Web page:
What does a world with an AI economy look like?

These days, when economists and researchers debate about what a world with an AI economy looks like, they tend to fall into two camps.

Famed geneticist and researcher, Ray Kurzweil, is in the utopia camp. He sees machines as being the supreme tool for humans to enhance our bodies and minds, allowing us to become smarter and live longer. Similarly, AI researcher Demis Hassabis sees AI as the tool that will allow us to finally cure disease and solve problems like global warming.

In the dystopia camp, there’s entrepreneur Elon Musk and physicist Stephen Hawking, who think AI’s potential represents a very serious threat to humanity. For example, an AI program could be asked to solve global warming and see wiping out humans as the best option.

Opinions differ among economists as well, and much of the debate has stemmed from a 2013 study by Oxford University, which found 47 percent of US jobs to be at risk over the next 20 years due to increasing automation.

Of course, most companies will be eager to cut costs and increase profits if they can automate certain tasks. And this brings us to an important difference in the reports that came after the 2013 Oxford study: Most of the automation that AI is currently capable of allows for certain tasks to be automated, but not entire jobs.

For example, an automated tax advisor could do certain tasks, like calculate tax returns and check for inconsistencies, but it can’t have nuanced conversations with clients.

With the difference between tasks and entire jobs in mind, more reports followed. According to the Organization for Economic Cooperation and Development (OECD), only 9 percent of US jobs were at risk due to automation. In a 2017 report by PriceWaterhouseCoopers (PWC), 38 percent of US jobs were at risk, while McKinsey Global said that around 50 percent of tasks worldwide are “already automatable.”

This is quite a range, and it’s a big reason why economists remain divided on the issue. The author tends to agree with the PWC report while thinking that the actual number of displaced workers may even be higher.

This is because the reports didn’t take into consideration ground-up displacement, which will come from businesses like Smart Finance and Toutiao, which don’t employ any loan officers or editors. So these businesses won’t be adding automation and firing employees, rather they’ll displace loan officers and editors from the ground-up by not offering them a position in the first place.

In 2013, the author was diagnosed with stage IV lymphoma. Up to this point, he was something of a workaholic, but that all changed. He realized that so much of the effort put into his career was meaningless now. Facing up to his own mortality, he now understood that being productive wasn’t what made him human – in fact, that was more like being a machine. What made him human was his relationships with his family, friends and those close to him.

Thanks to a course of chemotherapy, he’s currently in remission, but the experience changed how he envisioned AI and humans working in harmony.

The emergence of AI presents us with an amazing opportunity to hand over much of our unpleasant mechanical tasks to algorithms so that we can focus on the human aspect of our lives – interacting with one another, being part of a community and making the world a better place.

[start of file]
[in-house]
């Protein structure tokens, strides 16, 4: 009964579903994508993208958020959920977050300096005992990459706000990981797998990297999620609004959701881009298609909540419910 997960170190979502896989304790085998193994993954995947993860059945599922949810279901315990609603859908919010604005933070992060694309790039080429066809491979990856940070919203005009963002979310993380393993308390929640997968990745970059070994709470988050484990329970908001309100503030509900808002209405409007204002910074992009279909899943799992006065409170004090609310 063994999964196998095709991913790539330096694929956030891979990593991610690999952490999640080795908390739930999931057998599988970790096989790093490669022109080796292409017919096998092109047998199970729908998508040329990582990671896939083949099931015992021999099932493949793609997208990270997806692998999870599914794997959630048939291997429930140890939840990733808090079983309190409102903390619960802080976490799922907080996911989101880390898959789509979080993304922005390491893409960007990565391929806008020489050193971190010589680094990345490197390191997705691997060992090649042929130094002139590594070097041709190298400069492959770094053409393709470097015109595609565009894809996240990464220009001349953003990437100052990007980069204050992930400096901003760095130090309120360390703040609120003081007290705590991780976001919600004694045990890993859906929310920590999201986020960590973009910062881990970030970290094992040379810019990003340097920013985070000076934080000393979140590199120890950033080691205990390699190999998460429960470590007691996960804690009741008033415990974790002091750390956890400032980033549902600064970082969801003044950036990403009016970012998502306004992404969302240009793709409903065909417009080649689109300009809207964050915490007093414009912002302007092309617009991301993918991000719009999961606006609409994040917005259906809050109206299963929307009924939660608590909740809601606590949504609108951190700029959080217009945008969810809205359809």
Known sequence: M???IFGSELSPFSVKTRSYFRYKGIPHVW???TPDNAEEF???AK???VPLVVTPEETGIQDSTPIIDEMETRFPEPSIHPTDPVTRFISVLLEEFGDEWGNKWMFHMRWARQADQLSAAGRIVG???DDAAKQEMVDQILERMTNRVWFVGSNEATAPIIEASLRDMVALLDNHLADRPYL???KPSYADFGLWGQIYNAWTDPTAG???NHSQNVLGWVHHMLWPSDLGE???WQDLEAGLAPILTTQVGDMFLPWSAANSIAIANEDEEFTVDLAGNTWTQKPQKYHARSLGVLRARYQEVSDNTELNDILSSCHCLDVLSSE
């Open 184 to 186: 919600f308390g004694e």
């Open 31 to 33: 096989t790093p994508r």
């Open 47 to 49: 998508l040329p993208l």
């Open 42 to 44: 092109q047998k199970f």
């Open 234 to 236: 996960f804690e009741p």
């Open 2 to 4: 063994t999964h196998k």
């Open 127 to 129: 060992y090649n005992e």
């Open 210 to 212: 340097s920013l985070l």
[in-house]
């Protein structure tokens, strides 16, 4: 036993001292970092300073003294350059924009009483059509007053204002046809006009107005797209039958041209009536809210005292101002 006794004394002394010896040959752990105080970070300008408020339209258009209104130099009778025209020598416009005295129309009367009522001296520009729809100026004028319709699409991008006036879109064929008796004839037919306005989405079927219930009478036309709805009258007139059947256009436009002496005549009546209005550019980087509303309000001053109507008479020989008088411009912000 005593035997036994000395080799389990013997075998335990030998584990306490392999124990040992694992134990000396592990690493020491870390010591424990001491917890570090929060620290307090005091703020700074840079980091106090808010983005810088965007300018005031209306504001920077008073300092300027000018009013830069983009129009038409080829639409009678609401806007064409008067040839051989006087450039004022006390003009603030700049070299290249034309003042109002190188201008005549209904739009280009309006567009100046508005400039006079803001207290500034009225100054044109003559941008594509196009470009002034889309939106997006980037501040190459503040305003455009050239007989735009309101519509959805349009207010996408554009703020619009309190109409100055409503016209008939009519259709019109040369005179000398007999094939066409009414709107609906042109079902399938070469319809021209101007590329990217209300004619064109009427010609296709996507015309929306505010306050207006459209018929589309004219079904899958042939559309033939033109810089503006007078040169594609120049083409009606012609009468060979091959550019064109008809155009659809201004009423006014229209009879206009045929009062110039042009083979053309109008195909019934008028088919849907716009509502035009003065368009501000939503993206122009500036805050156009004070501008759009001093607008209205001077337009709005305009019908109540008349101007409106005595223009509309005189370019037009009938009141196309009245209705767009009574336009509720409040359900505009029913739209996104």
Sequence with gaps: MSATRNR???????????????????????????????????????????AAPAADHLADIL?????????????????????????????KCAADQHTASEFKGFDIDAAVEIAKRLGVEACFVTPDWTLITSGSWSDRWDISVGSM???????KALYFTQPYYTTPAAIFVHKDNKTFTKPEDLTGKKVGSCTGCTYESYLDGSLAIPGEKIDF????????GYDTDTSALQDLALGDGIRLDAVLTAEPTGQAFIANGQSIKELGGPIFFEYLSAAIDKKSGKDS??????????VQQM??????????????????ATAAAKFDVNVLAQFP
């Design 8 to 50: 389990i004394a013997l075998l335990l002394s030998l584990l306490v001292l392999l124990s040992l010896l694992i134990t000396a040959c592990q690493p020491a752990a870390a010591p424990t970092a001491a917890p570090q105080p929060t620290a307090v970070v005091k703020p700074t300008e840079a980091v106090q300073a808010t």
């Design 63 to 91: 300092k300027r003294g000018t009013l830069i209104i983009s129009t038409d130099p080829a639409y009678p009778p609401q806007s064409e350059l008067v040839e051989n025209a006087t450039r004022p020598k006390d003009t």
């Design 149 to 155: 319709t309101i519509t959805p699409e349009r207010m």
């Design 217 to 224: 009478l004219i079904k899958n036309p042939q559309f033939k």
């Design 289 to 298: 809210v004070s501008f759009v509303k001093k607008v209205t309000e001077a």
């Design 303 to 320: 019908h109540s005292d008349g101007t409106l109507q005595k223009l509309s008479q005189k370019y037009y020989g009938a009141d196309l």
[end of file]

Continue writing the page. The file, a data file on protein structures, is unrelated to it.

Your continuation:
However, this would require a fundamental shift in the value we place on certain jobs. Currently, highly-paid jobs are usually ones that generate profit, and these are also the jobs that can often be carried out by AI. Meanwhile, jobs that can’t easily be automated, such as caregivers and personal aides are undervalued and underpaid.

Sure enough, this is a booming field in the US with 1.2 million home health aide and personal care jobs to be added within the next ten years. However, these jobs come with an average salary of around $20,000. If we can raise that salary while letting AI generate profit in the corporate sector, we could simultaneously ease the job displacement issue and better care for our communities.

There are a lot of ideas for how to cope with displaced workers, like taxing the wealthiest people in order to issue a universal basic income, which would see that everyone received enough money to get by. And while some form of a basic income may be necessary, relying solely on this solution would be a shame. Doing so would be avoiding the opportunity to enact real social change that could benefit the entire world by creating human-centered labor markets not as driven by profit.

Instead of focusing entirely on money, maybe we should be more like Bhutan, which looks at “Gross National Happiness” as the real sign of progress.

China is poised to become an AI superpower in the AI economy that is expected to be worth $15.7 trillion worldwide. Thanks to a government that is eager to help push new tech businesses forward, a robust manufacturing hub, and a goldmine of personalized data at their fingertips, China has what it needs to start making amazing AI products and applications.

While some worry that an AI economy will result in devastating job losses, if we shift our values toward rewarding human-to-human jobs such as caregiving and community-based work, we may emerge as an even better society and improve the world we live in. Food for thought?

Check out my related post: Are we ready to trust Artificial Intelligence?

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